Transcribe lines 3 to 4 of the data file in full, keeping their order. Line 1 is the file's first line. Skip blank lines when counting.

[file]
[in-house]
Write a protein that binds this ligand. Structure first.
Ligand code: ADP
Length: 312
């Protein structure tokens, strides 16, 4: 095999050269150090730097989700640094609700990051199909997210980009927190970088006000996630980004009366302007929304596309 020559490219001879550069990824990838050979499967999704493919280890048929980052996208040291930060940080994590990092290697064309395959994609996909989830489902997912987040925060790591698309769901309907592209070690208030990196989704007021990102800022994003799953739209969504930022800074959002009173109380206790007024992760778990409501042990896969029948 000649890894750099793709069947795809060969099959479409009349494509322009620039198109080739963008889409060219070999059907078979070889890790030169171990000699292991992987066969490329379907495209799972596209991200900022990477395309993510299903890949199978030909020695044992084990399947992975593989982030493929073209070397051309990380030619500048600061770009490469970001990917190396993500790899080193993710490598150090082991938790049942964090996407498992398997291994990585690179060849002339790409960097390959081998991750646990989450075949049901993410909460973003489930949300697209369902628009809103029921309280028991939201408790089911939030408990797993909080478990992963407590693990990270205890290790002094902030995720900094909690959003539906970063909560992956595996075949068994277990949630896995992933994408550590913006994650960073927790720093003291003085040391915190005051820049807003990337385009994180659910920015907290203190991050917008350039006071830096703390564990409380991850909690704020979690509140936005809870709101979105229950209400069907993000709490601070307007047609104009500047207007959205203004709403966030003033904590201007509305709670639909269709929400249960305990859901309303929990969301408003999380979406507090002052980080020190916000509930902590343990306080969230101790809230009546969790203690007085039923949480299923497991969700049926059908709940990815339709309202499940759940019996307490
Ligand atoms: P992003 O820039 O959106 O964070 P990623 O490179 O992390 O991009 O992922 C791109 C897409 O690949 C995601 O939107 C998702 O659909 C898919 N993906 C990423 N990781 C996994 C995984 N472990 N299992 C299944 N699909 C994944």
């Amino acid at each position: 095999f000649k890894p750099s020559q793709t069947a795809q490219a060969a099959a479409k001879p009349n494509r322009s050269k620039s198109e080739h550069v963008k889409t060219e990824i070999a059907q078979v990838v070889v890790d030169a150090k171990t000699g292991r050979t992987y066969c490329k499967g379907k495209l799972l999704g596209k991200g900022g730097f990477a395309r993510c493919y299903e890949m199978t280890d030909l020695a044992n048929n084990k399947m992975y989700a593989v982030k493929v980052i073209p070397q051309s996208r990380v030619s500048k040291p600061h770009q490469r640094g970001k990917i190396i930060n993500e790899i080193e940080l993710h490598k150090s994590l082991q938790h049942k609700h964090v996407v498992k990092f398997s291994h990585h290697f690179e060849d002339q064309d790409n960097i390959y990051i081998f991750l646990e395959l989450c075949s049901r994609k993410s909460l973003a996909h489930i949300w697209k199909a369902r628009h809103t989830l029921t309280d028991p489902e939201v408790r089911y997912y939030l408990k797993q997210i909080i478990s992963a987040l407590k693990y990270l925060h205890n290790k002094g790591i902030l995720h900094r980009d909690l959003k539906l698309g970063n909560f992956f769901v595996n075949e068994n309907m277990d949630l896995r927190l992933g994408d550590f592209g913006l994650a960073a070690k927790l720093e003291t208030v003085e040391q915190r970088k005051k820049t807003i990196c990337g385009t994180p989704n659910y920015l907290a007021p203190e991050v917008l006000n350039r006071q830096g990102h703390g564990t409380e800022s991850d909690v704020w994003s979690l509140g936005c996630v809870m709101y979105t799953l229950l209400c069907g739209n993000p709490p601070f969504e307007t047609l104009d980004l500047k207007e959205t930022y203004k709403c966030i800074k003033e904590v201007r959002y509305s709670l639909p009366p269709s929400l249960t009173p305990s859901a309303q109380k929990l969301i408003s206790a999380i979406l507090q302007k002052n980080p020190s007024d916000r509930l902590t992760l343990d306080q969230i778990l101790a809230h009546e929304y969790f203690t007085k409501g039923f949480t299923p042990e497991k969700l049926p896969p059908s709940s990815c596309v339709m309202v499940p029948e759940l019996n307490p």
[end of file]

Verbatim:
Ligand code: ADP
Length: 312